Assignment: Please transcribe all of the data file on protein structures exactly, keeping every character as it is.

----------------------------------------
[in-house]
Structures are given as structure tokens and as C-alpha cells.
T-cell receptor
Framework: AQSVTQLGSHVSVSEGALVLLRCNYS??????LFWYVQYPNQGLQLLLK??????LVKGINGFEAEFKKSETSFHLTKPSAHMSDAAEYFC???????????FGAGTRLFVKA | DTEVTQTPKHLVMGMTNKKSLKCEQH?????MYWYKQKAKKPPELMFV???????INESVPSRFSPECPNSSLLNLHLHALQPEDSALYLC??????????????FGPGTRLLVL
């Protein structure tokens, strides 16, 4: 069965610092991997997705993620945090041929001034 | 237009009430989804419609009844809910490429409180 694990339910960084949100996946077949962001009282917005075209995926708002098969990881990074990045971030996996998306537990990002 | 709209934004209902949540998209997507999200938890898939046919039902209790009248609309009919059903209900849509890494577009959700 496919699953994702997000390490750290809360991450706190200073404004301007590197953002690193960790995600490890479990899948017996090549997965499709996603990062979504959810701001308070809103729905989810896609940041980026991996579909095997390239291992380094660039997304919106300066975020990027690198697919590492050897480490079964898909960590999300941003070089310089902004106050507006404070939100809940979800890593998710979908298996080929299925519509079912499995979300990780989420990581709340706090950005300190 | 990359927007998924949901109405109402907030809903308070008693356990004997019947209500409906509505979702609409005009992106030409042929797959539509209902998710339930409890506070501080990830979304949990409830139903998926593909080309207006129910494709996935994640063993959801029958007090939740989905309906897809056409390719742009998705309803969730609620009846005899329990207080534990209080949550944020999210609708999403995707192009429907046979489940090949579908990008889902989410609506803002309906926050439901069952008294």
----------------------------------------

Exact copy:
[in-house]
Structures are given as structure tokens and as C-alpha cells.
T-cell receptor
Framework: AQSVTQLGSHVSVSEGALVLLRCNYS??????LFWYVQYPNQGLQLLLK??????LVKGINGFEAEFKKSETSFHLTKPSAHMSDAAEYFC???????????FGAGTRLFVKA | DTEVTQTPKHLVMGMTNKKSLKCEQH?????MYWYKQKAKKPPELMFV???????INESVPSRFSPECPNSSLLNLHLHALQPEDSALYLC??????????????FGPGTRLLVL
């Protein structure tokens, strides 16, 4: 069965610092991997997705993620945090041929001034 | 237009009430989804419609009844809910490429409180 694990339910960084949100996946077949962001009282917005075209995926708002098969990881990074990045971030996996998306537990990002 | 709209934004209902949540998209997507999200938890898939046919039902209790009248609309009919059903209900849509890494577009959700 496919699953994702997000390490750290809360991450706190200073404004301007590197953002690193960790995600490890479990899948017996090549997965499709996603990062979504959810701001308070809103729905989810896609940041980026991996579909095997390239291992380094660039997304919106300066975020990027690198697919590492050897480490079964898909960590999300941003070089310089902004106050507006404070939100809940979800890593998710979908298996080929299925519509079912499995979300990780989420990581709340706090950005300190 | 990359927007998924949901109405109402907030809903308070008693356990004997019947209500409906509505979702609409005009992106030409042929797959539509209902998710339930409890506070501080990830979304949990409830139903998926593909080309207006129910494709996935994640063993959801029958007090939740989905309906897809056409390719742009998705309803969730609620009846005899329990207080534990209080949550944020999210609708999403995707192009429907046979489940090949579908990008889902989410609506803002309906926050439901069952008294």